It is highly recommended to clean the house before leaving. If you don’t have the time to clean your house yourself before vacating it, get it cleaned by a professional cleaning service. What makes a home appear clean to some people is debatable and subjective. It’s not always necessary to shampoo the carpets, but it’s a good touch. Clean both inside and out of the cabinets, refrigerators, ovens, and washers/dryers. Wipe down all surfaces in the bathrooms and kitchens (including light fixtures). Make sure to mop the entire floor and take out all the trash.

Close All Valves

Toilets, sinks, dishwashers, the water heater, refrigerator, and washing machine should all be turned off and have their water valves closed. This will help preserve the integrity of the home’s systems and avoid any leaks that could damage the property.

Close all the accounts

Stop the newspaper and cancel your utilities. In preparation, make a list of phone numbers for each of your utility and entertainment companies. Not every utility is paid on a monthly basis; some may be refunded, have to be paid off, or be able to be transferred to your new residence.

Don’t leave anything behind

Check for any forgotten objects in cabinets, drawers, and storage areas. Even if your spouse or friend claims they’ve gone over every room with a fine-tooth comb seeking anything you might have missed, perform one more search to be sure. Sellers have been known to leave jewelry, cash, and other valuable possessions in their homes without realizing it. Better safe than sorry!

Cancel your Insurance policies

Wait until the title transfer is complete before calling your insurance agent and canceling the policies.

Lock Up on Your Way Out

Shut off the lights and lock the windows and doors. You’ll be shocked at how many people forget to close up their homes when they go out. It’s particularly necessary to secure your belongings if you’re going to be gone for a long period. Consider leaving an inexpensive lamp on a timer with the intention of returning later to retrieve it.

Don’t skip the final walk-through

It’s a good idea to have a final walk-through before leaving your home so that you can be sure it’s in the same condition as when you first put it on the market. If there are any damages, take pictures and have the repair bills in order so that the buyers can reimburse you. Many secrets about a home are only known by the previous owner. During the final walk-through, you may advise the buyer or agent of these hints, such as which switch controls the lights and whether a door sticks.

Leave a note

It’s always a good idea to leave a handwritten note for the new homeowners, welcoming them to their new home. Include your contact information if they have any questions or need assistance with anything. Thank them for their purchase and welcome them to the neighborhood.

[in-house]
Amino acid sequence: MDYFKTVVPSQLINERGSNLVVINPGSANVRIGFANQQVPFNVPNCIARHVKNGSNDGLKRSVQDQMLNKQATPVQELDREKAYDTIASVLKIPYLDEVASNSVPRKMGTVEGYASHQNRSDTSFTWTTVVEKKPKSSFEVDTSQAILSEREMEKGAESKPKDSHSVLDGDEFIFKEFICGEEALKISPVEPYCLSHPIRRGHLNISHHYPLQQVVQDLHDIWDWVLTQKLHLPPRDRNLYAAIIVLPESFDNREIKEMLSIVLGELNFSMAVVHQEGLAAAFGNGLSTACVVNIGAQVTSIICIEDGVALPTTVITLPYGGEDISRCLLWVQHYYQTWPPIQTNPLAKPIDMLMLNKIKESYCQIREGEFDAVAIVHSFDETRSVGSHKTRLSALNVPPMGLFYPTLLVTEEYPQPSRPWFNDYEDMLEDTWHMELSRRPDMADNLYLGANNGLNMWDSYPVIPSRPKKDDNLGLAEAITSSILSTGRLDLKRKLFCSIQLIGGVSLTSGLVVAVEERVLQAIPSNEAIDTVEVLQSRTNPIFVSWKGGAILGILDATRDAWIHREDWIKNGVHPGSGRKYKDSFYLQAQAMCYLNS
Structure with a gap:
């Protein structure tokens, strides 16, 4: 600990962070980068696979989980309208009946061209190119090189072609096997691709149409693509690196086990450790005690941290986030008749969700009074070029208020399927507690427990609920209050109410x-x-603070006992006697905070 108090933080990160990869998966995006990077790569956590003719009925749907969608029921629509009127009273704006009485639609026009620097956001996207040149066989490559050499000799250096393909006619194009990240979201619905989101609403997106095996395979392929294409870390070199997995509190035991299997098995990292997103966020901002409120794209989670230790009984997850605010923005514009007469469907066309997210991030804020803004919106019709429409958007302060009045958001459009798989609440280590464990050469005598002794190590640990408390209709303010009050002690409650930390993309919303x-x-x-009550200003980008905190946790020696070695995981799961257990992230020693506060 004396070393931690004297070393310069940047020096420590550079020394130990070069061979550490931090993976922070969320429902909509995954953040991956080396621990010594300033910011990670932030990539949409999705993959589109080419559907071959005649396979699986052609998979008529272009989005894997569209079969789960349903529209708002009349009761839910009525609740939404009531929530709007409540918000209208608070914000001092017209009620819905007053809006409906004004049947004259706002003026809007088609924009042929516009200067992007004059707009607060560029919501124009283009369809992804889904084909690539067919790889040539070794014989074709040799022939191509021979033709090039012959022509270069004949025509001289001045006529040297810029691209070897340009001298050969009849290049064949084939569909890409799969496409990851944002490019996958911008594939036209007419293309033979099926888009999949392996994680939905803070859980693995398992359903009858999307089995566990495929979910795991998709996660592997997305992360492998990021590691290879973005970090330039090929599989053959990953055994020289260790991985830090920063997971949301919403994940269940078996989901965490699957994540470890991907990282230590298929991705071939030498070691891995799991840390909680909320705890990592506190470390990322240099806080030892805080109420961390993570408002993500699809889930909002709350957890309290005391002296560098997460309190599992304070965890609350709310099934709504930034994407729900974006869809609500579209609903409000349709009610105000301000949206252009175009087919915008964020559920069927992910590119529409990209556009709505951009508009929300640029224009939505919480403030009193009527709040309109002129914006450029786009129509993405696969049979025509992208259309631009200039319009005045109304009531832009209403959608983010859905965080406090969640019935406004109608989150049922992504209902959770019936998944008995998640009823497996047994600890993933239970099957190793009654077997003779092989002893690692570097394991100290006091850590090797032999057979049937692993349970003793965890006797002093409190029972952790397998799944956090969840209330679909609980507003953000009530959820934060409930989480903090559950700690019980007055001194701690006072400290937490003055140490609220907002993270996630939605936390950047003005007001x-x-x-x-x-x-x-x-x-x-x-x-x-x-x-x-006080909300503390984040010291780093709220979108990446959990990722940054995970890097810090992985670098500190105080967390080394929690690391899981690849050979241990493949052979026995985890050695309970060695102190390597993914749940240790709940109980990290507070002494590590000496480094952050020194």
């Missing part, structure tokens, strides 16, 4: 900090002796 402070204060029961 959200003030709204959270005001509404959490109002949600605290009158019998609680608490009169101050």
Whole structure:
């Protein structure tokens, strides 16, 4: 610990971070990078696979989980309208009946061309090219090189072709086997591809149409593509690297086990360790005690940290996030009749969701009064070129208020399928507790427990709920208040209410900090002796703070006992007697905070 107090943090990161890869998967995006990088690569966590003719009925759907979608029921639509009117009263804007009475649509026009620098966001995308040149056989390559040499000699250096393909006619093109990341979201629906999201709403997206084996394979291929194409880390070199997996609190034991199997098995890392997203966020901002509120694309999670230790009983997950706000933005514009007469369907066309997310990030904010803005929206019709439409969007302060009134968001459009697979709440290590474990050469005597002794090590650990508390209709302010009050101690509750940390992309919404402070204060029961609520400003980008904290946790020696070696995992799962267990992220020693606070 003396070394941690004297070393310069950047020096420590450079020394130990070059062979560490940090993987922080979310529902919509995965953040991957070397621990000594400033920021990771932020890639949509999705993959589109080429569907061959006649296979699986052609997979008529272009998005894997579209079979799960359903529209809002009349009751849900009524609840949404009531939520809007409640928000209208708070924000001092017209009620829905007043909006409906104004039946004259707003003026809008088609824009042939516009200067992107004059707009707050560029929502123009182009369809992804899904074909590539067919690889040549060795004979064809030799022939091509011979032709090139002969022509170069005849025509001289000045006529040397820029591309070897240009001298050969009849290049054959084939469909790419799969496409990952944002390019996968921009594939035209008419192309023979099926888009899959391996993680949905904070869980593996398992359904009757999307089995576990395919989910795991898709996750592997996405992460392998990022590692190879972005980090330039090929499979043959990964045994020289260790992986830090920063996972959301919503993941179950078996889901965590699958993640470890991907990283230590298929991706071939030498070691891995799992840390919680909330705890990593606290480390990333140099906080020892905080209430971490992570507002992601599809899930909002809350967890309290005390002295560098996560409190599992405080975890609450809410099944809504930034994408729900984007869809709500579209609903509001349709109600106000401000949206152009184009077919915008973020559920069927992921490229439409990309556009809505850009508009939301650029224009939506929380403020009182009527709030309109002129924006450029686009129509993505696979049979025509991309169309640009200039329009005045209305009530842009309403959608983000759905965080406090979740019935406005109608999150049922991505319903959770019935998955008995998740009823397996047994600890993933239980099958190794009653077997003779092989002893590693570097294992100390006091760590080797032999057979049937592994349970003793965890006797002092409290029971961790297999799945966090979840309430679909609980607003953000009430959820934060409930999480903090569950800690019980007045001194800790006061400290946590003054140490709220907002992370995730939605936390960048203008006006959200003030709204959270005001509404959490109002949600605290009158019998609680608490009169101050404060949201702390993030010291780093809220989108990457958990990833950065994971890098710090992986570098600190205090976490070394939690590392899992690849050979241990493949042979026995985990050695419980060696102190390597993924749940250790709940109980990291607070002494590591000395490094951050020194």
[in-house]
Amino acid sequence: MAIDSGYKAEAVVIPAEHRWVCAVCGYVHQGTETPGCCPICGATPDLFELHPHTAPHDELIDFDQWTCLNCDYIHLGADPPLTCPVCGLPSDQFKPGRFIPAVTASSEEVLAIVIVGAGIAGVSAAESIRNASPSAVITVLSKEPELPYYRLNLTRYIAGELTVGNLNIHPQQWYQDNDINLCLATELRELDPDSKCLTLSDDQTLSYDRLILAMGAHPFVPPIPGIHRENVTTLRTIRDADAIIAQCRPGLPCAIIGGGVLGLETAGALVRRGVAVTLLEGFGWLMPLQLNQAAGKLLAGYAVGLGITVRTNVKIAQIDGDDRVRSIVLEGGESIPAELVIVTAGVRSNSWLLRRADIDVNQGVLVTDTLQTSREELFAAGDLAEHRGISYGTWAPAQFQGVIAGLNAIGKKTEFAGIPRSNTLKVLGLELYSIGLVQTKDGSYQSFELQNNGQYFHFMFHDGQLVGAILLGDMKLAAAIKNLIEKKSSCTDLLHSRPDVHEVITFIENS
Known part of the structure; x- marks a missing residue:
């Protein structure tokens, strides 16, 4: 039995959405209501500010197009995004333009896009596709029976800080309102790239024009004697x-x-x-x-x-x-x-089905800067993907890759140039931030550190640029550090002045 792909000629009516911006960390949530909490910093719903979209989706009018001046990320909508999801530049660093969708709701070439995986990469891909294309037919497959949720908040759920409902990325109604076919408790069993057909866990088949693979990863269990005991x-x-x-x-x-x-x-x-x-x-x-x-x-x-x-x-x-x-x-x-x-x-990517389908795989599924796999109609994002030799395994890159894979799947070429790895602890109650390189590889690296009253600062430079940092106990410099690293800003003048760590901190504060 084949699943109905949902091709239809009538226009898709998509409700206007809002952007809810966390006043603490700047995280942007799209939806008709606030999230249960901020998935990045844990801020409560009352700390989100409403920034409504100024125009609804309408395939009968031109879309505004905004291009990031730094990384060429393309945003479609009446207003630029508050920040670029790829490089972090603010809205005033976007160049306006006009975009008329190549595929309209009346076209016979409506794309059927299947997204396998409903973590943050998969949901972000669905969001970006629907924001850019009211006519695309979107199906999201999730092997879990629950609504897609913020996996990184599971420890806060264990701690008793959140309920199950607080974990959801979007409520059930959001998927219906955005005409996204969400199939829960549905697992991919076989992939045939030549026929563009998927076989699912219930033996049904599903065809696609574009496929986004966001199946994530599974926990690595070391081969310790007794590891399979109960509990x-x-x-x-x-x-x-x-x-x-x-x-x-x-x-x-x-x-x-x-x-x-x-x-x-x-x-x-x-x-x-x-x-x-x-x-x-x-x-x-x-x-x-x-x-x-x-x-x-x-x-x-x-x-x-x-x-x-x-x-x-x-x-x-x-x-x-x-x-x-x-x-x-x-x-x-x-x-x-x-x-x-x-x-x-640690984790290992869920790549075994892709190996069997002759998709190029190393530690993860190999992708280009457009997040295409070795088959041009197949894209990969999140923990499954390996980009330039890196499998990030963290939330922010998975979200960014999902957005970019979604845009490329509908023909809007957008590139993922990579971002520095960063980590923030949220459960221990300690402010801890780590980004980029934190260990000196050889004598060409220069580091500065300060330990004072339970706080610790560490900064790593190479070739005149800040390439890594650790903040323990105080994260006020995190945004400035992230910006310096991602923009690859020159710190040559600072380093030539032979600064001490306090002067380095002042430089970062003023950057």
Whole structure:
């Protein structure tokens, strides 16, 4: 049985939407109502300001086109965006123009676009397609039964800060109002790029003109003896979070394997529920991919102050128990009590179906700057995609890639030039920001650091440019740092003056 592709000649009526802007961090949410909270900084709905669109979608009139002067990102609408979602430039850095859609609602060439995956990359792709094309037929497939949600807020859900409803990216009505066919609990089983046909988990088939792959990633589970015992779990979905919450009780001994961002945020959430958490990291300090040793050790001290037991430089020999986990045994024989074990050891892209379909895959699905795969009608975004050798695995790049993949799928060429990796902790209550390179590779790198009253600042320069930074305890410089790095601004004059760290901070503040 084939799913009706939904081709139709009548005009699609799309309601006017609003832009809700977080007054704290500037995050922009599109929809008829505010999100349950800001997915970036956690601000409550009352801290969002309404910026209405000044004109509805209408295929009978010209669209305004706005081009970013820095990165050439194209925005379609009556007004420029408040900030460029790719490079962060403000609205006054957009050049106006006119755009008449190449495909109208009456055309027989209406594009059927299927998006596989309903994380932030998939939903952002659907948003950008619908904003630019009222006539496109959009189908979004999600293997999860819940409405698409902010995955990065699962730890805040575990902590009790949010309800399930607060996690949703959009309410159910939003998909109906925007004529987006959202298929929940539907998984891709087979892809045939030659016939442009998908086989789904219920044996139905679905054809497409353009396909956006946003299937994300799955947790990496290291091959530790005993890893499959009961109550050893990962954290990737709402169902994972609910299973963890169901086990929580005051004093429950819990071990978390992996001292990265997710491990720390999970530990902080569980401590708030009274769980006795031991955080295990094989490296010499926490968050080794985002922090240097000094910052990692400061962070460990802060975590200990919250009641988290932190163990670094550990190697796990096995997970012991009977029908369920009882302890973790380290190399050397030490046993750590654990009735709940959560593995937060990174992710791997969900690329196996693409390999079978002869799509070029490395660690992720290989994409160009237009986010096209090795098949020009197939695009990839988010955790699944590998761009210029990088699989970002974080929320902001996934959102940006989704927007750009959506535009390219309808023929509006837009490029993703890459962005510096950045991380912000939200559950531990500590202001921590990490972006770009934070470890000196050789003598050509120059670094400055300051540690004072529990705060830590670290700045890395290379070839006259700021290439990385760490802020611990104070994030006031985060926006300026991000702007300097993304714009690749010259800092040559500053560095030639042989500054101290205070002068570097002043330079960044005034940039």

Also See: When Selling a House Actually Makes Sense | Home Cleaning Services to Use When Moving


When you’re selling your house, there are a few things you should do to make the process go as smoothly as possible. Make sure to close all valves, turn off the utilities, and cancel your insurance policies. Clean the house from top to bottom and perform one final walk-through before leaving. Leave a handwritten note for the new homeowners with your contact information if they have any questions or need assistance. Thank them for their purchase and welcome them to the neighborhood!

Frequently Asked Questions

What should be left in a sold house?

When you sell your house, it’s a standard practice to leave items like doorbells, light fixtures, plug outlets, carpets, and curtain poles in their places. You should also leave any appliances included in the sale, such as stoves, refrigerators, and washers/dryers.

See Also: How to Pack Small Kitchen Appliances

Do you leave nails in the wall when you sell a house?

Leave the gaps. Unless you have pictures hanging all over the place, most of the nail holes will be repurposed or concealed in any case. Filling may be more apparent than leaving them there, and certainly don’t try to paint only over the hole because it will look worse. You may go through our article on How to Patch and Repair Drywall for more info on this.

Can you take down curtain rods when selling a house?

Some sellers take down the curtain rods and leave the curtains behind. This is completely up to you and will depend on how much work you want to do before putting your home on the market.

Can you leave furniture when selling a house?

Some sellers choose to leave the furniture in their homes when they sell it. Others choose to take it with them. Again, this is completely up to you and will depend on how much work you want to do before putting your home on the market.

Also Read: Where to Donate Your Furniture

Written by

Rostislav Shetman is the founder of 9Kilo Moving. He has been in the moving and relocation industry for more than 25 years, making him an expert in his field. Rostislav started as a helper, dispatcher and driver and has worked his way up to owning his own company. He takes great pride in his work and enjoys helping people relocate across the United States of America. When he's not working, Rostislav enjoys spending time with his family and friends. They are the light of his life and bring him happiness every day.